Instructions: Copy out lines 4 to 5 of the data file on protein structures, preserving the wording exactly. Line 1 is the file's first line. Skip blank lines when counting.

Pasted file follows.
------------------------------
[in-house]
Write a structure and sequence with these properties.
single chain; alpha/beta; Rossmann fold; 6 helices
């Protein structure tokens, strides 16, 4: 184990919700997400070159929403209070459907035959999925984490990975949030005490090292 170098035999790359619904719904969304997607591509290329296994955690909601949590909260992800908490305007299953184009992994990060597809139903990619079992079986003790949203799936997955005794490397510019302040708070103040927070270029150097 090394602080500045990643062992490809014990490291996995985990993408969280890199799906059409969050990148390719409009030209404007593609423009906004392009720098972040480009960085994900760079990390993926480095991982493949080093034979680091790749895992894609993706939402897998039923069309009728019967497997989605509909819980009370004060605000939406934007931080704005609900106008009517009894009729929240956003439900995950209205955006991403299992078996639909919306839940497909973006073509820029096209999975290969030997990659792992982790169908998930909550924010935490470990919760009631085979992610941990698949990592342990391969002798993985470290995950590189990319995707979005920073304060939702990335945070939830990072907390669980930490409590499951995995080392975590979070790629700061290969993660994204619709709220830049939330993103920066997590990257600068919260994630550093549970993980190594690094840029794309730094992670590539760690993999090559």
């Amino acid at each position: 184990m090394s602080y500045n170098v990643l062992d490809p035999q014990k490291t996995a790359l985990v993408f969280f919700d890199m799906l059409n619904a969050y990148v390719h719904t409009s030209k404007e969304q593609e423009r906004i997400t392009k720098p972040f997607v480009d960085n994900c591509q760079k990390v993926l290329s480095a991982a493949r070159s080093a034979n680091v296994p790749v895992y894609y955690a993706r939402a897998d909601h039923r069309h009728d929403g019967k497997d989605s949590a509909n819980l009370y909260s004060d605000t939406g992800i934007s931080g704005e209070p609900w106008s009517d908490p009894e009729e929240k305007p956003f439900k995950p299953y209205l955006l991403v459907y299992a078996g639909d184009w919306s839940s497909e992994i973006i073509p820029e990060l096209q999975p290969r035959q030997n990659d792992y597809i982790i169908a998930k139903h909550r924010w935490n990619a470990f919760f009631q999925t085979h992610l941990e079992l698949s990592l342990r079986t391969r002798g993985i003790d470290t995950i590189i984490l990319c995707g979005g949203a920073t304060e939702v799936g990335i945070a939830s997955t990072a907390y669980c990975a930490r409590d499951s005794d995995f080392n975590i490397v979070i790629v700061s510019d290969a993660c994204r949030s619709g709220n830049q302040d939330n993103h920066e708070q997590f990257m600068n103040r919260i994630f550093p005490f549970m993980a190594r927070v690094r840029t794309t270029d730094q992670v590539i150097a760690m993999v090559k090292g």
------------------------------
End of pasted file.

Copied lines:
């Protein structure tokens, strides 16, 4: 184990919700997400070159929403209070459907035959999925984490990975949030005490090292 170098035999790359619904719904969304997607591509290329296994955690909601949590909260992800908490305007299953184009992994990060597809139903990619079992079986003790949203799936997955005794490397510019302040708070103040927070270029150097 090394602080500045990643062992490809014990490291996995985990993408969280890199799906059409969050990148390719409009030209404007593609423009906004392009720098972040480009960085994900760079990390993926480095991982493949080093034979680091790749895992894609993706939402897998039923069309009728019967497997989605509909819980009370004060605000939406934007931080704005609900106008009517009894009729929240956003439900995950209205955006991403299992078996639909919306839940497909973006073509820029096209999975290969030997990659792992982790169908998930909550924010935490470990919760009631085979992610941990698949990592342990391969002798993985470290995950590189990319995707979005920073304060939702990335945070939830990072907390669980930490409590499951995995080392975590979070790629700061290969993660994204619709709220830049939330993103920066997590990257600068919260994630550093549970993980190594690094840029794309730094992670590539760690993999090559």
């Amino acid at each position: 184990m090394s602080y500045n170098v990643l062992d490809p035999q014990k490291t996995a790359l985990v993408f969280f919700d890199m799906l059409n619904a969050y990148v390719h719904t409009s030209k404007e969304q593609e423009r906004i997400t392009k720098p972040f997607v480009d960085n994900c591509q760079k990390v993926l290329s480095a991982a493949r070159s080093a034979n680091v296994p790749v895992y894609y955690a993706r939402a897998d909601h039923r069309h009728d929403g019967k497997d989605s949590a509909n819980l009370y909260s004060d605000t939406g992800i934007s931080g704005e209070p609900w106008s009517d908490p009894e009729e929240k305007p956003f439900k995950p299953y209205l955006l991403v459907y299992a078996g639909d184009w919306s839940s497909e992994i973006i073509p820029e990060l096209q999975p290969r035959q030997n990659d792992y597809i982790i169908a998930k139903h909550r924010w935490n990619a470990f919760f009631q999925t085979h992610l941990e079992l698949s990592l342990r079986t391969r002798g993985i003790d470290t995950i590189i984490l990319c995707g979005g949203a920073t304060e939702v799936g990335i945070a939830s997955t990072a907390y669980c990975a930490r409590d499951s005794d995995f080392n975590i490397v979070i790629v700061s510019d290969a993660c994204r949030s619709g709220n830049q302040d939330n993103h920066e708070q997590f990257m600068n103040r919260i994630f550093p005490f549970m993980a190594r927070v690094r840029t794309t270029d730094q992670v590539i150097a760690m993999v090559k090292g």